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CIH Scotland

New Arrivals

People with limited leave

This page is for new arrivals. If you are a housing adviser please click here for information more relevant to you.

Who does this page apply to?

Prior to 1 January 2021, EEA nationals could use their EU free movement rights to enter the UK and to access housing and benefits. In most cases they did not require ‘leave’ from the Home Office, so the rights described on this page did not usually apply. But EU free movement rights changed on the 1 January 2021: EEA nationals who enter the UK for the first time on or after that date must apply for leave.

The rights described on this page now apply to any person (whether s/he is an EEA national or not) who:

Are you someone with limited leave?

People who are subject to immigration control may get permission (or 'limited leave') to enter or remain in the UK:

  • to work (normally with a work permit)
  • to study
  • to join family members
  • to visit.

Many of those who arrive as workers and family members eventually get indefinite leave to remain. Refugees and people who claim asylum successfully also have limited leave but have more rights, explained here.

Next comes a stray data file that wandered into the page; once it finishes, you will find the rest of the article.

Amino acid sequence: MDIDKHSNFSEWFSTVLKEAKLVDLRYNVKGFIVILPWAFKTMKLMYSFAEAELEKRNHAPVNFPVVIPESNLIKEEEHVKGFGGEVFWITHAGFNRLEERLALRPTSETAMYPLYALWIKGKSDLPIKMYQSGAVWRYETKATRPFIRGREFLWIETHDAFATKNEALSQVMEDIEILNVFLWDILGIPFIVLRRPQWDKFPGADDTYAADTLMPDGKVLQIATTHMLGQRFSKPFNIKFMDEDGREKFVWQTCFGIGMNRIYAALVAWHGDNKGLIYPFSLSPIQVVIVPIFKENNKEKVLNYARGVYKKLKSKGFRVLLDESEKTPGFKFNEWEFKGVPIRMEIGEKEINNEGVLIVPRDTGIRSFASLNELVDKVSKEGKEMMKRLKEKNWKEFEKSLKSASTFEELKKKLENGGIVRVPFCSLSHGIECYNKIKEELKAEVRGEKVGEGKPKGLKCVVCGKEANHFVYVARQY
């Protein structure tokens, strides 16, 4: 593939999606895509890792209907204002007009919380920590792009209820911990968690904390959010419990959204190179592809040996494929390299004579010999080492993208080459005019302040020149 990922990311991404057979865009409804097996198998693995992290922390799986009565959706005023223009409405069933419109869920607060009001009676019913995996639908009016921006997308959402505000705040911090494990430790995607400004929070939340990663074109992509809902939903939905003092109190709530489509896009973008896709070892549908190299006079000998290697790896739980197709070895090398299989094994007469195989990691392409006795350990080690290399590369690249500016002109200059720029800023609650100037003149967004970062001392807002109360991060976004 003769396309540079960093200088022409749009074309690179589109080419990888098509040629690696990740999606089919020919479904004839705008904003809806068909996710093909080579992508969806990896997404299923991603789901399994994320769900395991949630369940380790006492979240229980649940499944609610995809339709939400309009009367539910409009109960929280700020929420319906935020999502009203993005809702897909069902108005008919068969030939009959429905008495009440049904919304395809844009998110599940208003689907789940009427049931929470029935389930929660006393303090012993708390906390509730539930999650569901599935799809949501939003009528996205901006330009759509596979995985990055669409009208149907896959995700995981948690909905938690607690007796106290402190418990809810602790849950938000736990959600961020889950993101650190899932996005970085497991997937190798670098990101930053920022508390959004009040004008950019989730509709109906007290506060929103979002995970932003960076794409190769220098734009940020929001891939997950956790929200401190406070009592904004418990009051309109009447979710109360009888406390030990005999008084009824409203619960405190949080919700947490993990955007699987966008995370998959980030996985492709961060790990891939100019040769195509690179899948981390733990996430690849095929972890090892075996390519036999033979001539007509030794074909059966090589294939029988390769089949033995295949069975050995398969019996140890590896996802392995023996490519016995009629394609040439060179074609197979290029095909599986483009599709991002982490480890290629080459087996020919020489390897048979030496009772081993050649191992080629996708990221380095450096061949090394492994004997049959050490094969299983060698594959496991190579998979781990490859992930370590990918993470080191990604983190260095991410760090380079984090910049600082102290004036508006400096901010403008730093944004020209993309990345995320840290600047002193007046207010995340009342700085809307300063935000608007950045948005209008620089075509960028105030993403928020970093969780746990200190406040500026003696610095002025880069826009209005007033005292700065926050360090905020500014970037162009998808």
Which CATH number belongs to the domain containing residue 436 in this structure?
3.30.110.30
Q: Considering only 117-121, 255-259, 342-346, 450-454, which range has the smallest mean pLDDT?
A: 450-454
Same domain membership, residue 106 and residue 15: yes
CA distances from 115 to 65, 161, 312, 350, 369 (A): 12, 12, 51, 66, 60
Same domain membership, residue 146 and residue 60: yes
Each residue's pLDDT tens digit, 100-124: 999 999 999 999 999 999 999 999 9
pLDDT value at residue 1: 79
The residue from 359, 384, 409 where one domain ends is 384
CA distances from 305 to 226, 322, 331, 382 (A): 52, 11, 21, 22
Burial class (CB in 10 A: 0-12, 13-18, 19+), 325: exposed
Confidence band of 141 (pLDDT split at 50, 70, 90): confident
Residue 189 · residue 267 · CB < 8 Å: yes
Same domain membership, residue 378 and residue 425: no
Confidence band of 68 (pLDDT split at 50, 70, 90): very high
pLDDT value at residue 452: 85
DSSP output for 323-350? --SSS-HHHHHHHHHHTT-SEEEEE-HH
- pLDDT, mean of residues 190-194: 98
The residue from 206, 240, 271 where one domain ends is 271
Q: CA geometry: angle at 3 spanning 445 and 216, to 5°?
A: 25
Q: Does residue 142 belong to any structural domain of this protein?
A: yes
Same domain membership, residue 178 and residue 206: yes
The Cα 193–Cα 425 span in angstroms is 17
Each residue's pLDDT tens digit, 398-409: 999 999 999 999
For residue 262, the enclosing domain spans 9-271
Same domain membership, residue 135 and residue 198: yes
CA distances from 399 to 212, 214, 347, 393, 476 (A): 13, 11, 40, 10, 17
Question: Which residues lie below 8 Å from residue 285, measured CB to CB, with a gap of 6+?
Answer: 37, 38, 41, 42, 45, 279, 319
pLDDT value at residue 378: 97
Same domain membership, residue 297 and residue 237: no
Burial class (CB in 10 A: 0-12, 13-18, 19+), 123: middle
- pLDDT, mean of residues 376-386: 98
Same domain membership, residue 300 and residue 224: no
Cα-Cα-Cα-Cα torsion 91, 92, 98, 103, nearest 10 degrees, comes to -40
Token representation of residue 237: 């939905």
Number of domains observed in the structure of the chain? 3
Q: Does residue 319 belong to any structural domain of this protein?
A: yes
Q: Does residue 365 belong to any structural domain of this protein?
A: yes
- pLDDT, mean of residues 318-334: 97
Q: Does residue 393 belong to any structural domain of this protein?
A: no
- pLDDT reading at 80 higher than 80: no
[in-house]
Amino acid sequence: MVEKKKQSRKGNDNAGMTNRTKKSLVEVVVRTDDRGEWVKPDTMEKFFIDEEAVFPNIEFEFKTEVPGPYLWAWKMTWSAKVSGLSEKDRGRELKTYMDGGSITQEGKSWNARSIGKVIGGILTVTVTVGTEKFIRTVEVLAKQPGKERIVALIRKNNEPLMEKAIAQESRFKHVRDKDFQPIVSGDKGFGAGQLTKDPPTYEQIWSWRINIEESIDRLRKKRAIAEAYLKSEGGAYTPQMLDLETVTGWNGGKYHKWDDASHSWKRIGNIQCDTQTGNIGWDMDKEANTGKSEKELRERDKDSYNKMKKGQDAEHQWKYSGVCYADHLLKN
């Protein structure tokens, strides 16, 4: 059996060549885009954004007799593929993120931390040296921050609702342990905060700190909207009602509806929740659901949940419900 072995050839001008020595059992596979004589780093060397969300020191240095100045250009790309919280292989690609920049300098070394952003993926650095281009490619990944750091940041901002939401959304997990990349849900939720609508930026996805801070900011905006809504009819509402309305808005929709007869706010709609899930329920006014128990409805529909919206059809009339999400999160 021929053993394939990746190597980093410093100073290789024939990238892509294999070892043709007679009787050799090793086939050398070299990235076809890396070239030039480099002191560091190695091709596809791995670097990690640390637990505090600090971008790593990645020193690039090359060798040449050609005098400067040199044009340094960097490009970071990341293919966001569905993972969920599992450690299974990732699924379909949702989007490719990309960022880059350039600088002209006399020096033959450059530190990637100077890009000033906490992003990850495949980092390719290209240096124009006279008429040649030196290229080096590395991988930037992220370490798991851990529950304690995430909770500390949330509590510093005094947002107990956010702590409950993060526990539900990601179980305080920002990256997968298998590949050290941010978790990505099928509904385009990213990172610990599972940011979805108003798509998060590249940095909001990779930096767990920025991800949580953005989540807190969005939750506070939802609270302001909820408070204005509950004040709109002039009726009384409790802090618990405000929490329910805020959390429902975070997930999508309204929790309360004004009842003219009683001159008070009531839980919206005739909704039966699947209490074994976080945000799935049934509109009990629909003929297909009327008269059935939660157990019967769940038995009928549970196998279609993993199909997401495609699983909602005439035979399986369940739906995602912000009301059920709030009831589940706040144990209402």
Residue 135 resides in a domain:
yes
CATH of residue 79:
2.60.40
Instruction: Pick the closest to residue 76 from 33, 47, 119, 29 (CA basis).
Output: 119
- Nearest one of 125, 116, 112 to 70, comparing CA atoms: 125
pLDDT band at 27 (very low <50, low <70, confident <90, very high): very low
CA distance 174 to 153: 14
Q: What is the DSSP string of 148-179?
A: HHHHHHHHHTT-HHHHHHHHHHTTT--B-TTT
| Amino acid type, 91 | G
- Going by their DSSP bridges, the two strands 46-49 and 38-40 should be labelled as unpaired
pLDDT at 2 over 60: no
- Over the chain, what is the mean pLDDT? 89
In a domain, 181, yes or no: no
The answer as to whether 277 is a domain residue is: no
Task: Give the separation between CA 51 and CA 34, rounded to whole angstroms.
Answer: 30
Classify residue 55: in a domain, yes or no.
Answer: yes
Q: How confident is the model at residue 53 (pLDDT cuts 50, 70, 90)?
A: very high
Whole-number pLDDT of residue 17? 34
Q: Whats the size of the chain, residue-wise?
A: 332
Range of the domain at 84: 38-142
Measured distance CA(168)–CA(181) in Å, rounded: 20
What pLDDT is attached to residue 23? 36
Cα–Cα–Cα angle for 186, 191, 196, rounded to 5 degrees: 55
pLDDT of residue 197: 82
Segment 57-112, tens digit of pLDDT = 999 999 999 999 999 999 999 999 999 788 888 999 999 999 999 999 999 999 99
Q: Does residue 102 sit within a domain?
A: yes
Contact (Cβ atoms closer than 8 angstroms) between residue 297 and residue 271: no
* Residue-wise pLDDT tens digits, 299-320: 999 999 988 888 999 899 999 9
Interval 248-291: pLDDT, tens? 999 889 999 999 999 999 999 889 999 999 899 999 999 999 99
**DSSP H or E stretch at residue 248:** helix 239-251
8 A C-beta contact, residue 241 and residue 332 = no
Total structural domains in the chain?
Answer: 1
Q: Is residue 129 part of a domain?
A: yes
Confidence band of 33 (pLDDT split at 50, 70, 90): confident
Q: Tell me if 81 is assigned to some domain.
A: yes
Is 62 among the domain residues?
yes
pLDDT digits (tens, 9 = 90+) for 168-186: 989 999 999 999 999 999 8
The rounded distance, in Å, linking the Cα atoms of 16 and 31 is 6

You may have additional rights to live, work and access housing or benefits other than as described on this page, if you are the partner or parent of a British citizen or a family member of an EEA national.

What documents might you be asked for?

You may be asked to prove that you are legally in the UK, and can do this by showing the relevant immigration status document.

What are your rights to housing and benefits?

Unless you are a refugee, or have leave without a ‘no public funds’ condition by special rules (such as the programme for former locally employed support staff with the UK armed forces in Afghanistan), if you have limited leave you will not usually have the right to join your local council's waiting list or to apply to them as homeless.  Once you get indefinite leave to remain you will usually become eligible.

If have limited leave you cannot usually get universal credit (UC) or (if you are aged 66 or over) housing benefit (HB) unless:

You can apply for accommodation to a housing association, but if your stay in the UK is very short (as a visitor for example) you may be refused as housing associations generally aim to house only those intending to stay in the area for some time. 

You can apply for accommodation from a private landlord and you can find out how to do this here.

More Information

Chartered Institute of Housing Scotland